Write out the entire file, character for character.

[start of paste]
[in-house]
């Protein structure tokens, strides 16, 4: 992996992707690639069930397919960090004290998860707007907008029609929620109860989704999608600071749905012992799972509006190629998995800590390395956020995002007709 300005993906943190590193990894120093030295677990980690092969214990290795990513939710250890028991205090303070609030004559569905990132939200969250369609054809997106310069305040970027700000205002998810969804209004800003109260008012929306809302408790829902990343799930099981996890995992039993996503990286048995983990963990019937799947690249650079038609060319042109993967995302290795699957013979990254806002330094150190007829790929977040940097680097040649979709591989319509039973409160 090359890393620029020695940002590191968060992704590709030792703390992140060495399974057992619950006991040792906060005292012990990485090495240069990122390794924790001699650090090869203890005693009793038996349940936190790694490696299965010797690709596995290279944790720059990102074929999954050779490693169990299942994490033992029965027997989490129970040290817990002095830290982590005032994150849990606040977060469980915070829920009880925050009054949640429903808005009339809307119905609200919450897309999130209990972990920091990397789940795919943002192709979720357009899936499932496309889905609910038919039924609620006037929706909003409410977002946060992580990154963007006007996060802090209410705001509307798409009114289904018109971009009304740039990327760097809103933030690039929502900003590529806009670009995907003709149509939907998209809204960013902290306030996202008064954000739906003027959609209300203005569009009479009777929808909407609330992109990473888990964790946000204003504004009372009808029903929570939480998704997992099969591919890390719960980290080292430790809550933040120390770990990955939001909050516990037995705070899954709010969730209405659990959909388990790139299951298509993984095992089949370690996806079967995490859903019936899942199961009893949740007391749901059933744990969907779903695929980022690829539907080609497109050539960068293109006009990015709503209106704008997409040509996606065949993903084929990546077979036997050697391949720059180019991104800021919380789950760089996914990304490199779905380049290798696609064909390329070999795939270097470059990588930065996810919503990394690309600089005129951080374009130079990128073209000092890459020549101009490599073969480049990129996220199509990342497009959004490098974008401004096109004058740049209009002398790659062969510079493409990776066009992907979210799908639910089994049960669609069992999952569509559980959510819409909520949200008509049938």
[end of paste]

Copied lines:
[in-house]
């Protein structure tokens, strides 16, 4: 992996992707690639069930397919960090004290998860707007907008029609929620109860989704999608600071749905012992799972509006190629998995800590390395956020995002007709 300005993906943190590193990894120093030295677990980690092969214990290795990513939710250890028991205090303070609030004559569905990132939200969250369609054809997106310069305040970027700000205002998810969804209004800003109260008012929306809302408790829902990343799930099981996890995992039993996503990286048995983990963990019937799947690249650079038609060319042109993967995302290795699957013979990254806002330094150190007829790929977040940097680097040649979709591989319509039973409160 090359890393620029020695940002590191968060992704590709030792703390992140060495399974057992619950006991040792906060005292012990990485090495240069990122390794924790001699650090090869203890005693009793038996349940936190790694490696299965010797690709596995290279944790720059990102074929999954050779490693169990299942994490033992029965027997989490129970040290817990002095830290982590005032994150849990606040977060469980915070829920009880925050009054949640429903808005009339809307119905609200919450897309999130209990972990920091990397789940795919943002192709979720357009899936499932496309889905609910038919039924609620006037929706909003409410977002946060992580990154963007006007996060802090209410705001509307798409009114289904018109971009009304740039990327760097809103933030690039929502900003590529806009670009995907003709149509939907998209809204960013902290306030996202008064954000739906003027959609209300203005569009009479009777929808909407609330992109990473888990964790946000204003504004009372009808029903929570939480998704997992099969591919890390719960980290080292430790809550933040120390770990990955939001909050516990037995705070899954709010969730209405659990959909388990790139299951298509993984095992089949370690996806079967995490859903019936899942199961009893949740007391749901059933744990969907779903695929980022690829539907080609497109050539960068293109006009990015709503209106704008997409040509996606065949993903084929990546077979036997050697391949720059180019991104800021919380789950760089996914990304490199779905380049290798696609064909390329070999795939270097470059990588930065996810919503990394690309600089005129951080374009130079990128073209000092890459020549101009490599073969480049990129996220199509990342497009959004490098974008401004096109004058740049209009002398790659062969510079493409990776066009992907979210799908639910089994049960669609069992999952569509559980959510819409909520949200008509049938």